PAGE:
WTO has a culture of its own and has its own language when trade officials communicate among themselves. Over the past ten years, the trade officials of both sides have had plenty of opportunities to interact with other members in their respective accession negotiations and therefore, have learned the culture and the language of the WTO. To many of them, what WTO symbolizes, such as trade liberalization, is a belief and a mission to achieve. I am sure trade officials on both sides responsible for the trade negotiations in the past few years share, to a certain extent, this feeling towards WTO. And these common background and feelings are exactly what is lacking in the cross-Strait relations today. This, I would hope, could help to initiate a process of confidence-building that will eventually make possible for both sides to have meaningful dialogue on a wider spectrum of issues in a perhaps non-WTO context.
The WTO could provide the opportunity for trade officials of both sides to discuss multilateral issues, together with other members. We will also have an opportunity to hold bilateral meetings which are a part of the multilateral market access negotiations; or bilateral meetings that would address difficulties arising from the application of WTO rules in a bilateral context, which may lead to a trade dispute. Of course, we do not rule out the possibility of facing China's trade officials in a dispute settlement proceeding of the WTO. These encounters could be driven by common interest on particular trade issues, e.g., we may be working with China's trade officials in the next multilateral round of agricultural negotiation, because we have common interest in a number of agricultural items, such as rice. We may be facing each other in an adversarial context when we have difficulties in each other's application of WTO rules, which may have the potential of developing into a dispute. The different encounters under the WTO and the intensity of contacts offer a great opportunity for each side to understand each other and to build trust and confidence.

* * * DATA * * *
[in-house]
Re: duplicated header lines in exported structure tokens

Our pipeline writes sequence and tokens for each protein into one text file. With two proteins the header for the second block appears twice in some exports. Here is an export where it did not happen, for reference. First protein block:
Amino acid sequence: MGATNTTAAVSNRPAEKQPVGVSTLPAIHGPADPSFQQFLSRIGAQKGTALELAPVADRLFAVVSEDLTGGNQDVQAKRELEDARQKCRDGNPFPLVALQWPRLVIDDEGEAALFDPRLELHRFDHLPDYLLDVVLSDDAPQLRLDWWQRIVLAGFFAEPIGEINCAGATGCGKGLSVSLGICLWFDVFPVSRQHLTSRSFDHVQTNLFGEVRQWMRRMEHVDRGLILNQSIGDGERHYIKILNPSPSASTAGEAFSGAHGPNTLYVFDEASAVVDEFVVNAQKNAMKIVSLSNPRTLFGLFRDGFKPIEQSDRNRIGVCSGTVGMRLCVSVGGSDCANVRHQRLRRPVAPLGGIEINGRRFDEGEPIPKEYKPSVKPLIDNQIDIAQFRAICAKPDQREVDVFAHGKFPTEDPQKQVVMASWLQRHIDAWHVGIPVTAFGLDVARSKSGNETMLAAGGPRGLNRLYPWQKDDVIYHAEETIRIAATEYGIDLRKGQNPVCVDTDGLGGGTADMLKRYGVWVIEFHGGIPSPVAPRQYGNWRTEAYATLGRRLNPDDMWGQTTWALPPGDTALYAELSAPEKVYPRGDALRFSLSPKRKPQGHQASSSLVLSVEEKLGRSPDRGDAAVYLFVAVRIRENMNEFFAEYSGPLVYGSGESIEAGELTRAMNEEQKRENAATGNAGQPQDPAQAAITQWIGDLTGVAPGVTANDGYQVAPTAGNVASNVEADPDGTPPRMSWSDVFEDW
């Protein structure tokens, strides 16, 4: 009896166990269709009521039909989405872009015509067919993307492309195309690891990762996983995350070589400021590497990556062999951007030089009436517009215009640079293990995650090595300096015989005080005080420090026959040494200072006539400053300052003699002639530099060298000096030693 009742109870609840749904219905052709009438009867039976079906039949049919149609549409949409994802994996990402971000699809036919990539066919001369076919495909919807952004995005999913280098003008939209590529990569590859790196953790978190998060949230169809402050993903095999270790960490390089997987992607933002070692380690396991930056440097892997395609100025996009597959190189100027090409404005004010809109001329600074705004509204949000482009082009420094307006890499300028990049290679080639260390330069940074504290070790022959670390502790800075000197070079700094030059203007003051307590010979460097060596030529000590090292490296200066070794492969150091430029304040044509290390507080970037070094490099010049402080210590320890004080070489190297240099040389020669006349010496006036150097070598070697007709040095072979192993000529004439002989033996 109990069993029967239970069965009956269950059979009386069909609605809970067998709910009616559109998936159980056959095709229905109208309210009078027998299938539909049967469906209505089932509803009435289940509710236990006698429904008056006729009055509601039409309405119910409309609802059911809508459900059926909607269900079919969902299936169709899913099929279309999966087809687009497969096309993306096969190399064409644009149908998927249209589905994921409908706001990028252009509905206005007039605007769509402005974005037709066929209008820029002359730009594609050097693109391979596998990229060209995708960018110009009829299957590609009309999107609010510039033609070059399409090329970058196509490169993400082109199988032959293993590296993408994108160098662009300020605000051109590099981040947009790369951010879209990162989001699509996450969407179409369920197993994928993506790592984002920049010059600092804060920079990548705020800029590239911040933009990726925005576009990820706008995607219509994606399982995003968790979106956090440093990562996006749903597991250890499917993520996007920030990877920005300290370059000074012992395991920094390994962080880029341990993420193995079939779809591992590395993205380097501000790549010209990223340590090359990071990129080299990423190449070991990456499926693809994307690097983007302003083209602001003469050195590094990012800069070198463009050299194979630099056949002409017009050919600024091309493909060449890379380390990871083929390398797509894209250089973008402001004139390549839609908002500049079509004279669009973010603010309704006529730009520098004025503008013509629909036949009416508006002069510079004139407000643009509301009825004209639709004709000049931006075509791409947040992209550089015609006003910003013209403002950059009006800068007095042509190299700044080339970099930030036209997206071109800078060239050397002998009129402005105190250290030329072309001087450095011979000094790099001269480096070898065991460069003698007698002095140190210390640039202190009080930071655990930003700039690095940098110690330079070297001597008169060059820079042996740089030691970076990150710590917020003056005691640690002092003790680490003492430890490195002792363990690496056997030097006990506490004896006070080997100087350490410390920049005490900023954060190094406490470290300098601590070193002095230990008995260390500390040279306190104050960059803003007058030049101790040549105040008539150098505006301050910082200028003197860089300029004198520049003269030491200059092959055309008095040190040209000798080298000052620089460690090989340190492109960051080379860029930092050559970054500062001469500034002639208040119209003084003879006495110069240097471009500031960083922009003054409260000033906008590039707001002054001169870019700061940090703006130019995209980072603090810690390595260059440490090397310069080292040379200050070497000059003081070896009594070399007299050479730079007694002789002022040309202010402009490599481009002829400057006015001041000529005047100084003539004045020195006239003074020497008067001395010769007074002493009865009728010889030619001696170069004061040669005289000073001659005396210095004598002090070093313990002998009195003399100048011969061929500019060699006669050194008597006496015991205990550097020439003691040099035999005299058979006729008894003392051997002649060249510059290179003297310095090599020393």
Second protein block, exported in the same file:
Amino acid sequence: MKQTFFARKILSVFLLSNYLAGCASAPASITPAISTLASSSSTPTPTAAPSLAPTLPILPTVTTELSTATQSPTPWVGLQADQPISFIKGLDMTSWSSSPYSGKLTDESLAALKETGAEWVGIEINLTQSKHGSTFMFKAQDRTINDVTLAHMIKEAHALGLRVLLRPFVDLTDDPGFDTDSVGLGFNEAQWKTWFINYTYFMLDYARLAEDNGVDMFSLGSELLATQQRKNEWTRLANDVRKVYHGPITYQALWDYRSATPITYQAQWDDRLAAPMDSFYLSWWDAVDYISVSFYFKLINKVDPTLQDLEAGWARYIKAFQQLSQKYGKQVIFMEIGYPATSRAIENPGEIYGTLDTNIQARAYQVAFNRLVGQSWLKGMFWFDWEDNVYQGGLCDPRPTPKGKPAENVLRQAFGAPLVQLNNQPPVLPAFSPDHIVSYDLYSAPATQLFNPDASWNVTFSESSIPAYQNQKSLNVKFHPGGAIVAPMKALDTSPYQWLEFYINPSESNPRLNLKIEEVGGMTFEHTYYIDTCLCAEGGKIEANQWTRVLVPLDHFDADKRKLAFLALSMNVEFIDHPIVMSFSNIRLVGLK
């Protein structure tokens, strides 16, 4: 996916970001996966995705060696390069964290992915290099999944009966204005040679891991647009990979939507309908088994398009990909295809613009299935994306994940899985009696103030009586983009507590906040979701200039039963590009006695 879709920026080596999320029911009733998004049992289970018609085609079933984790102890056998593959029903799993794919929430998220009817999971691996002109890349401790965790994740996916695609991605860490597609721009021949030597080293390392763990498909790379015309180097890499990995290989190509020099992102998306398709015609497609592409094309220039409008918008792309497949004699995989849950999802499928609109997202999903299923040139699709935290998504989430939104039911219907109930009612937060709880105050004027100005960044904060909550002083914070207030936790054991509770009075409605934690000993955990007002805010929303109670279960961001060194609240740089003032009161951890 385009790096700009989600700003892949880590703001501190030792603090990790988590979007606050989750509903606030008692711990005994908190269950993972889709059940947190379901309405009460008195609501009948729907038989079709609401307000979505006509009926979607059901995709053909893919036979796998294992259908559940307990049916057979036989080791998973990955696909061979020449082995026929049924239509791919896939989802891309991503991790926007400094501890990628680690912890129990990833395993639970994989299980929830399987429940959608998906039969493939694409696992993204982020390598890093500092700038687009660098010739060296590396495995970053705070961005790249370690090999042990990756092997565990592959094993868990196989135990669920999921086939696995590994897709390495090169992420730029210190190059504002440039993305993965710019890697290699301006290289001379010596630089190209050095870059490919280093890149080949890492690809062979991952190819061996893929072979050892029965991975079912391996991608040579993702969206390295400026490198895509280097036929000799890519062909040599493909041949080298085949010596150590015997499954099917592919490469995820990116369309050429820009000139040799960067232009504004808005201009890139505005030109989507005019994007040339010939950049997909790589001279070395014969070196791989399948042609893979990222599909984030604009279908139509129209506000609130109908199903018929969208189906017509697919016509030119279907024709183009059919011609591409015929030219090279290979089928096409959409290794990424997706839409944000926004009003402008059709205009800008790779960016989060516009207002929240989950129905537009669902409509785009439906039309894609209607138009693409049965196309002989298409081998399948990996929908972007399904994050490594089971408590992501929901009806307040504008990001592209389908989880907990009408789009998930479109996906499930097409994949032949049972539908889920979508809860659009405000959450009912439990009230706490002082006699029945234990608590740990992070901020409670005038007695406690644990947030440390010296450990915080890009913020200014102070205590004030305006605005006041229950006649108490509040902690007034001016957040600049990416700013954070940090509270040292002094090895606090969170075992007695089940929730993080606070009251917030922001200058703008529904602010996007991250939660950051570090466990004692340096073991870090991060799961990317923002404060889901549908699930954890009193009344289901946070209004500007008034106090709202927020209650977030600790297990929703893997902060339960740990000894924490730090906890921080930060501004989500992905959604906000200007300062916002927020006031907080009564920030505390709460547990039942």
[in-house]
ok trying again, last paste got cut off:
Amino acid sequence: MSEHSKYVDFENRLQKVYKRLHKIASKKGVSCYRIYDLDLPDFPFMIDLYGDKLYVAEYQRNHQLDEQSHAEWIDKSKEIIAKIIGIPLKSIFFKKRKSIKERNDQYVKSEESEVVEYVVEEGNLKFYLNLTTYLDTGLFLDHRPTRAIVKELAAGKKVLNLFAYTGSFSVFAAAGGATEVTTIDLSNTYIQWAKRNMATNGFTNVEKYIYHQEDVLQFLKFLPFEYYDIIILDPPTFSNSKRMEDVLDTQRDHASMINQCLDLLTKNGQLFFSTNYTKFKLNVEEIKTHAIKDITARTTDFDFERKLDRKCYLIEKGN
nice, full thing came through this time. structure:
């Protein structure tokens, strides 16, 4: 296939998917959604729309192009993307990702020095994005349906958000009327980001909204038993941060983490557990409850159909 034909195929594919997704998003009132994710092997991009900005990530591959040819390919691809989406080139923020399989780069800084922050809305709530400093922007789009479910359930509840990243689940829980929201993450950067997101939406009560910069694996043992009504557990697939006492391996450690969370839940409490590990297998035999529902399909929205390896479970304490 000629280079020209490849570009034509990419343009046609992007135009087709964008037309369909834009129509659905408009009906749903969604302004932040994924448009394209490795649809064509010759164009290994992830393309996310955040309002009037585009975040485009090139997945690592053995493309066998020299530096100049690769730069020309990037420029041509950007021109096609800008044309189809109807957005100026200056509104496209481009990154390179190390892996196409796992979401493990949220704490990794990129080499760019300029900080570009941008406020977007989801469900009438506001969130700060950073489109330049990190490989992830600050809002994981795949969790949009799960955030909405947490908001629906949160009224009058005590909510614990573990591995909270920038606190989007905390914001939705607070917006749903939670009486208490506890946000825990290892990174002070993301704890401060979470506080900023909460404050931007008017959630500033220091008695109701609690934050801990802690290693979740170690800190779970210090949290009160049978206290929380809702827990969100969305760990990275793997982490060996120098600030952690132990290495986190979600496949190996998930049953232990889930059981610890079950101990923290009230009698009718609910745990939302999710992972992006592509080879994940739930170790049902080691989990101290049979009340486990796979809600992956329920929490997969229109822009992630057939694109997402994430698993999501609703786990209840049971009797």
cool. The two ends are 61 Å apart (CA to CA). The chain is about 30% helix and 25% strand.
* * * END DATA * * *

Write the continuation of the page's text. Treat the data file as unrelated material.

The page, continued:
China is a source of military threat, and a force that tries to undermine our political status. But, at the same time, China is our partner/competitor in businesses. The relationship is complicated and requires careful handling. WTO deepens the integration of both parties to the international community. Therefore, cross-Strait interaction is to be constrained by the common expectation of the international community. WTO accession also brings massive changes to domestic economies, politics, and social structure; the two governments will be facing unprecedented challenges. If the governments fail to meet the challenges, the WTO will bring more harm than benefit. A stable cross-Strait relationship is essential for the pursuit of domestic agendas. WTO offers a forum for both sides to interact in a multilateral context and try to learn to live with each other under one roof, as competitors, business rivals, or even partners. This, in my view, would be a good exercise for both sides to build trust and confidence and develop rules of engagement for themselves. Taiwan is prepared to make best use of this opportunity and hopes that China would do the same.
Ing-wen Tsai, Ph.D., is Chairwoman of the Mainland Affairs Council of the Executive Yuan of the Republic of China.
1. "... As long as the other side has no intention to use military force against Taiwan, there will be no declaration of independence, no change in the national title, no inclusion of the so-called "State-to-State" description in the Constitution, and the referendum to change the status quo with regards to the question of independence or unification will not be promoted. Furthermore, the abolition of the National Reunification Council or the National Reunification Guidelines will not be an issue...."